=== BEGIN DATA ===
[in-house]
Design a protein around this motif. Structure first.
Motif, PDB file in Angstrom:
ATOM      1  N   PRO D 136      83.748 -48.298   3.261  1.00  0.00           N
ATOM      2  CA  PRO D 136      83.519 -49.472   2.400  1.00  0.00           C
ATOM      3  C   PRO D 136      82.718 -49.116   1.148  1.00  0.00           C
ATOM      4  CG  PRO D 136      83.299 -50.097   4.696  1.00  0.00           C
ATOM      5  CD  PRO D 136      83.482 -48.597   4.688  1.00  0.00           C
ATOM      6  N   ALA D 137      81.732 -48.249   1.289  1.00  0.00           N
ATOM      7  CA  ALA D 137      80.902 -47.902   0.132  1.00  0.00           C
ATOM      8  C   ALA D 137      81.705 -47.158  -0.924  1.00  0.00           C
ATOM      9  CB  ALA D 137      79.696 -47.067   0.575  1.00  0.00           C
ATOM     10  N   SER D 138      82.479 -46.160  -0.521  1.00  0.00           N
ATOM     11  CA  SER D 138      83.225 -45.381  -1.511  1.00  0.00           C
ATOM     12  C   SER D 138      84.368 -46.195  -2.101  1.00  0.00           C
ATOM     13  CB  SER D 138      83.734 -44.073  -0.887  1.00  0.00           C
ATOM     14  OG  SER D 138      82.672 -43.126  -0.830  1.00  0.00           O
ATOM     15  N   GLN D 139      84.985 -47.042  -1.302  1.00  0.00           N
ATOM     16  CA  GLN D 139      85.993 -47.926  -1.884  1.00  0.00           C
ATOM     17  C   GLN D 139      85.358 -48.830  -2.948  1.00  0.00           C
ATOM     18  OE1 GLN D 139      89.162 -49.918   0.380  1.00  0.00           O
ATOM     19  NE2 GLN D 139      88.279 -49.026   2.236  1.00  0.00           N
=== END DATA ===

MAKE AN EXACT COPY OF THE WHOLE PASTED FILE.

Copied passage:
[in-house]
Design a protein around this motif. Structure first.
Motif, PDB file in Angstrom:
ATOM      1  N   PRO D 136      83.748 -48.298   3.261  1.00  0.00           N
ATOM      2  CA  PRO D 136      83.519 -49.472   2.400  1.00  0.00           C
ATOM      3  C   PRO D 136      82.718 -49.116   1.148  1.00  0.00           C
ATOM      4  CG  PRO D 136      83.299 -50.097   4.696  1.00  0.00           C
ATOM      5  CD  PRO D 136      83.482 -48.597   4.688  1.00  0.00           C
ATOM      6  N   ALA D 137      81.732 -48.249   1.289  1.00  0.00           N
ATOM      7  CA  ALA D 137      80.902 -47.902   0.132  1.00  0.00           C
ATOM      8  C   ALA D 137      81.705 -47.158  -0.924  1.00  0.00           C
ATOM      9  CB  ALA D 137      79.696 -47.067   0.575  1.00  0.00           C
ATOM     10  N   SER D 138      82.479 -46.160  -0.521  1.00  0.00           N
ATOM     11  CA  SER D 138      83.225 -45.381  -1.511  1.00  0.00           C
ATOM     12  C   SER D 138      84.368 -46.195  -2.101  1.00  0.00           C
ATOM     13  CB  SER D 138      83.734 -44.073  -0.887  1.00  0.00           C
ATOM     14  OG  SER D 138      82.672 -43.126  -0.830  1.00  0.00           O
ATOM     15  N   GLN D 139      84.985 -47.042  -1.302  1.00  0.00           N
ATOM     16  CA  GLN D 139      85.993 -47.926  -1.884  1.00  0.00           C
ATOM     17  C   GLN D 139      85.358 -48.830  -2.948  1.00  0.00           C
ATOM     18  OE1 GLN D 139      89.162 -49.918   0.380  1.00  0.00           O
ATOM     19  NE2 GLN D 139      88.279 -49.026   2.236  1.00  0.00           N